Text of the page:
“The more the heroine fades into nothingness, the more intensely the film makes us sense what it is to live all these different lives.”
Negu Hurbilak is a very unconventional project, as its main guidelines are anonymity and the disappearance of any individual identity, starting behind the camera. The credits for writing and directing are in the name of ‘Colectivo Negu’, ensuring a strong consistency between the means of production of the film and the background of its story: the armed struggle for Basque Country independence from Spain led by the ETA throughout the second half of the 20th century and the first years of the 21st. ETA sections and members worked under secrecy, their identity, roles, and names never being openly made known, as is the case with the main character of Negu Hurbilak. Neither the audience of the film nor the inhabitants of the town she stays in happen to know her name, her function, and what or where she is fleeing from.
A nameless, clandestine fugitive stranded in a small village isolated in the mountains, the young woman is not much more than a ghost wandering around the place, barely inhabiting the fringes of the film. Therefore, the camera of Negu Hurbilak mostly spends its time recording everything but her scarce actions. What we see unravelling before our eyes has all the distinctive traits of a documentary feature set in a remote and uneventful countryside place. The Colectivo Negu captures the daily life of the townsfolk, farmers, car mechanics, local grocery store owners, mostly old (the younger ones probably left for the big cities or joined the ETA), in the style of observational cinema. Many scenes remind us of the subtle and acute work of directors such as Raymond Depardon when he goes on the road to film France’s forgotten rural areas.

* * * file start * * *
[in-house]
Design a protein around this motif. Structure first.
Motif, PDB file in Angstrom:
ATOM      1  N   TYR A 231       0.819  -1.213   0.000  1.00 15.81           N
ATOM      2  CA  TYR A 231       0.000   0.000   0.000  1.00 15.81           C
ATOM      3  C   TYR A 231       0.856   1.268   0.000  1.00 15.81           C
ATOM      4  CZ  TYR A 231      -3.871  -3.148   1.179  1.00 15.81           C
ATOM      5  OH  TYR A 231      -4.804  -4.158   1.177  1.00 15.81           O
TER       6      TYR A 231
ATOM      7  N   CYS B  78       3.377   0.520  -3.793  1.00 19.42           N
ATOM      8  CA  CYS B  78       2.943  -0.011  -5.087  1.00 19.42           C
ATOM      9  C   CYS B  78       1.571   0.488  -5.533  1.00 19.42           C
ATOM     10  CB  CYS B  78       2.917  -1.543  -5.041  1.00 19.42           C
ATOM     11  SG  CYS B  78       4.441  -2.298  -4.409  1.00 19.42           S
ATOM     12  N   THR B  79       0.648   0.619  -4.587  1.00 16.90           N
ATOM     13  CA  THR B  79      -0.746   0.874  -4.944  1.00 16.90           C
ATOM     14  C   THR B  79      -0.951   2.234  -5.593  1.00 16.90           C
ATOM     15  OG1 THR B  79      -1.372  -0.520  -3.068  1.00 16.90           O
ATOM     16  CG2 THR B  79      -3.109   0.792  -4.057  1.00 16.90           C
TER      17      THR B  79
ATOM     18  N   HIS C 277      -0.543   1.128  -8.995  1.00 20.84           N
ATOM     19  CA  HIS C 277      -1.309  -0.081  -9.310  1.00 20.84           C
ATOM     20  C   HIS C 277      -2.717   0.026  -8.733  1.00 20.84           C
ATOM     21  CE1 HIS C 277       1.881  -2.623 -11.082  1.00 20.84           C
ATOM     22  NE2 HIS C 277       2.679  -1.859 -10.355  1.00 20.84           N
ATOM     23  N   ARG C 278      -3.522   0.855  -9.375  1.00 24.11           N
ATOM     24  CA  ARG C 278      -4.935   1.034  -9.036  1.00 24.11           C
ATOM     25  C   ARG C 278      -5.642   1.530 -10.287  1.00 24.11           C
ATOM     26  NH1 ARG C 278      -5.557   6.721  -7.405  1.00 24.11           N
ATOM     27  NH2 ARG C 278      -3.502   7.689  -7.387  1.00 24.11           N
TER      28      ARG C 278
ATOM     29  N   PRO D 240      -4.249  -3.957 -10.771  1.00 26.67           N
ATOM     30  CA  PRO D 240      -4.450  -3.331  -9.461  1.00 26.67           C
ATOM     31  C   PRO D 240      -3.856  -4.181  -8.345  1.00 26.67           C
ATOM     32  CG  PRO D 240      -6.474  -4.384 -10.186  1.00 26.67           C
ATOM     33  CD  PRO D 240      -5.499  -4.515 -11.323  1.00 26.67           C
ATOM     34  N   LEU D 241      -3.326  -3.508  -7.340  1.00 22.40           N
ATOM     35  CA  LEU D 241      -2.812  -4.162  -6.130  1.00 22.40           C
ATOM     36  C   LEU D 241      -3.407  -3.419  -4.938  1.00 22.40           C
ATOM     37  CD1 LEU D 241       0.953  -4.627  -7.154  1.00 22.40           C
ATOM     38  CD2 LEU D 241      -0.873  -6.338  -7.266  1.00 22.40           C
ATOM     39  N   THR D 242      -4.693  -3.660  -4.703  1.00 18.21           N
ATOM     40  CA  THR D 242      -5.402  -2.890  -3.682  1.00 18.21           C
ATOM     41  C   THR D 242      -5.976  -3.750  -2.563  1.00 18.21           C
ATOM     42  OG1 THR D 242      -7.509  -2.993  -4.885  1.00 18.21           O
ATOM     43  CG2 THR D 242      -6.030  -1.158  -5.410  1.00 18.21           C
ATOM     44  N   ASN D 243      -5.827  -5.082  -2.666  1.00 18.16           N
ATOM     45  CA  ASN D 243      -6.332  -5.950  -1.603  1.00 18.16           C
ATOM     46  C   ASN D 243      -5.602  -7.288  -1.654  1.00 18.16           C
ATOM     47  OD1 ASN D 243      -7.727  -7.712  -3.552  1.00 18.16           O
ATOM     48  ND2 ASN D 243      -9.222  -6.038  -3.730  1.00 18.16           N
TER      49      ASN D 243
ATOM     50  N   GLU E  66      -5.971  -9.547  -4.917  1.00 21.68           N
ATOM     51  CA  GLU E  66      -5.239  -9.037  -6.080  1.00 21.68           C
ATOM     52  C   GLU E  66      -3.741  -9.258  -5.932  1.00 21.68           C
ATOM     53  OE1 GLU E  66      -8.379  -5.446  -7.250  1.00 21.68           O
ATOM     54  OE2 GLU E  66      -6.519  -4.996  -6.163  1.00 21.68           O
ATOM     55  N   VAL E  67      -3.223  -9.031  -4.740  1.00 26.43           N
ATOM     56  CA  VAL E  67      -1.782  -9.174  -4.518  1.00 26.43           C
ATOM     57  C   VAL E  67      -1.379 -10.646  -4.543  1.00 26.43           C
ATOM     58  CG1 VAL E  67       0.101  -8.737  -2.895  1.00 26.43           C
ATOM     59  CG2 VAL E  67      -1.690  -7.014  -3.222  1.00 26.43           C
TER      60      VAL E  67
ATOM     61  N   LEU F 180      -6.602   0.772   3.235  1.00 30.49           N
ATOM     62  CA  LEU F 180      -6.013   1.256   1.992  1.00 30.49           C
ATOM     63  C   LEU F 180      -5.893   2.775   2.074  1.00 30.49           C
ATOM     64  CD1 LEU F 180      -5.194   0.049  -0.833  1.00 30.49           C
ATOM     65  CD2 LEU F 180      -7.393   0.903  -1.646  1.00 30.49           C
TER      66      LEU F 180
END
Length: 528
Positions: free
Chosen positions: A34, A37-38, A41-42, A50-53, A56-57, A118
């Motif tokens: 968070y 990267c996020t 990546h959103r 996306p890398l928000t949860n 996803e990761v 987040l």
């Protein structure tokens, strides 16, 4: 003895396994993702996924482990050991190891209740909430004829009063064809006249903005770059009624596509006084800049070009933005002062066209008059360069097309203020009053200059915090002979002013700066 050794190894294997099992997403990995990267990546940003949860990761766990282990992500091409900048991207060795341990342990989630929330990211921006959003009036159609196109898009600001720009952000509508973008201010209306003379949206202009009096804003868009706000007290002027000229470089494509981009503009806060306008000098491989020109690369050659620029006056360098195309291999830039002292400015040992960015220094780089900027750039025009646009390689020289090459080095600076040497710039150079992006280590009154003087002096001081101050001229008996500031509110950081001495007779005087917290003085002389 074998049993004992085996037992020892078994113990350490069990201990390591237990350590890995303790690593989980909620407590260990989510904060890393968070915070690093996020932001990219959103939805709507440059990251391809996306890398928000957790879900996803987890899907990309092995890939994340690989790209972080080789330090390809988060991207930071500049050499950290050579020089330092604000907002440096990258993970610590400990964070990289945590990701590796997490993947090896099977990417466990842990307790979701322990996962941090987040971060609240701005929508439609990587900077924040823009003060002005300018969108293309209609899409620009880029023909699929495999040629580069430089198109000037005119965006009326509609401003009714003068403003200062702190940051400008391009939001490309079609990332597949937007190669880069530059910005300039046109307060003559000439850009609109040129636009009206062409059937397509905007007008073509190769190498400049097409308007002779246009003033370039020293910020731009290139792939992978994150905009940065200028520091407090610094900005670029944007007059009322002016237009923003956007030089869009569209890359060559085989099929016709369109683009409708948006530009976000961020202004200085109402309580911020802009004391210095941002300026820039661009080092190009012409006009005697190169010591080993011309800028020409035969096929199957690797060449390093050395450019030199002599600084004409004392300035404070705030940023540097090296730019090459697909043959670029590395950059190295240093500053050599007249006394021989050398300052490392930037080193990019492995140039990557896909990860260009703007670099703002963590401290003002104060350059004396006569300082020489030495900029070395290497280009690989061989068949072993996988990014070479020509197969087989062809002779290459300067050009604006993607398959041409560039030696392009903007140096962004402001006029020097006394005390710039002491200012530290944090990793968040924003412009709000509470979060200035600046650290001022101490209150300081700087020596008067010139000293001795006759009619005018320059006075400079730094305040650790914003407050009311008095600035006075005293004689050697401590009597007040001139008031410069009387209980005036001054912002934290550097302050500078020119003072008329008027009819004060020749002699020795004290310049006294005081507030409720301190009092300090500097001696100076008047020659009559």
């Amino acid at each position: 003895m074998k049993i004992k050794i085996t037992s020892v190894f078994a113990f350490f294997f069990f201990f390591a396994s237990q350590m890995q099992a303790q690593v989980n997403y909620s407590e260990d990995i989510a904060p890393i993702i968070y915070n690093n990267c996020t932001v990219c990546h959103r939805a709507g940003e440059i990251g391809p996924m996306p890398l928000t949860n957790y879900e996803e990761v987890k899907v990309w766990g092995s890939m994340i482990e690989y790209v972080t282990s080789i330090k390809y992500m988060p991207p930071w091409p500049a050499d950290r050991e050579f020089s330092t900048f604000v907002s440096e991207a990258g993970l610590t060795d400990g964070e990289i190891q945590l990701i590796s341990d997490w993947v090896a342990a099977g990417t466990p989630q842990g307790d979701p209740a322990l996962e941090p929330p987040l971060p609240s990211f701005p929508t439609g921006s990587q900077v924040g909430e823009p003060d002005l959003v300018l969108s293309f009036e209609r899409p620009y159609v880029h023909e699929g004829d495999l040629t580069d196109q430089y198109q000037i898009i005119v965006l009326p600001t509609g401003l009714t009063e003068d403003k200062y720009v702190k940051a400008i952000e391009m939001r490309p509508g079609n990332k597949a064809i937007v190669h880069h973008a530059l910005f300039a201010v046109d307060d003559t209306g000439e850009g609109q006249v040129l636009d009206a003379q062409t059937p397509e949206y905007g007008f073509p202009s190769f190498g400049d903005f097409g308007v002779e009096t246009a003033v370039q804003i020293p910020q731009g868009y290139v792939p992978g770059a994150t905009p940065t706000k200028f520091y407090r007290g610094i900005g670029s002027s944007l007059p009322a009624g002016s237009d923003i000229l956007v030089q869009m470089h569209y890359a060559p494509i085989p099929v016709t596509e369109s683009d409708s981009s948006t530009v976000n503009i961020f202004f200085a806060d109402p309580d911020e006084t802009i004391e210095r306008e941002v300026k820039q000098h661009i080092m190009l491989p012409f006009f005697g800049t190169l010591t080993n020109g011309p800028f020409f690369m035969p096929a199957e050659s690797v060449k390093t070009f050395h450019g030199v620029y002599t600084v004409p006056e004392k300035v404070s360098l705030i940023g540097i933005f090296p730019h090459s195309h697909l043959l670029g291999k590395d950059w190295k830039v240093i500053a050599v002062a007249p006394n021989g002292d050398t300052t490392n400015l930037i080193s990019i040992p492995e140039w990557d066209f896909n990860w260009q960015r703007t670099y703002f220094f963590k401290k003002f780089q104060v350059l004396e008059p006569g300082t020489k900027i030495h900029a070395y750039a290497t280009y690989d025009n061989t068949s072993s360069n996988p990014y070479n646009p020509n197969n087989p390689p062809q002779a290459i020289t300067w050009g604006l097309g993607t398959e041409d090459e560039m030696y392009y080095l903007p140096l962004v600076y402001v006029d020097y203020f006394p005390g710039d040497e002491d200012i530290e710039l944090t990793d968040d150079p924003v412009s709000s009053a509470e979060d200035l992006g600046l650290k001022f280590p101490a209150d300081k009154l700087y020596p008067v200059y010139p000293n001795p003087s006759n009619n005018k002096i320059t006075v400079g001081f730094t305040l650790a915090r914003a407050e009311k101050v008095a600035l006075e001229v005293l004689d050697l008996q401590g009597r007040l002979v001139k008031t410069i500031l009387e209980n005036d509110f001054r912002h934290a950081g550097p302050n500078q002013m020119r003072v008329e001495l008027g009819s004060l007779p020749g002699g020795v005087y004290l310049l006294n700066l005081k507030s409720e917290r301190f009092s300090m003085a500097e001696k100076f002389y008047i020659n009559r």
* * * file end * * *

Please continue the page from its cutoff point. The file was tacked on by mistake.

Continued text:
France is where the heroine of Negu Hurbilak wishes to flee, like so many of her peers before her; but her exile is made impossible since it takes place at the time when ETA announced the cessation of its armed activities, making its members all the more exposed to the operations of Spanish and French police. What was supposed to be a short stopover on her journey becomes the end of the line, giving a double meaning to the title of the film. In Basque, ‘negu’ means ‘winter’ and ‘hurbilak’ is ‘close one’ or ‘approaching’. The perspective of winter for the main character is practical, as time goes by; and symbolic, as her existence seems to have become frozen in the middle of nowhere following this twist of fate. The stretching of time that ensues gives weight and intensity to the movie. It does this in bits of suspense: the strategies put in place to move the fugitive around can change without warning, converting any everyday scene into a moment taken from a spy movie. It also does this through an abundant display of human interactions and emotions. The more the heroine fades into nothingness, the more intensely the film makes us sense what it is to live all these different lives – hers as well as the lives of the townsfolk – and the richness of their connections, as trivial as they can seem.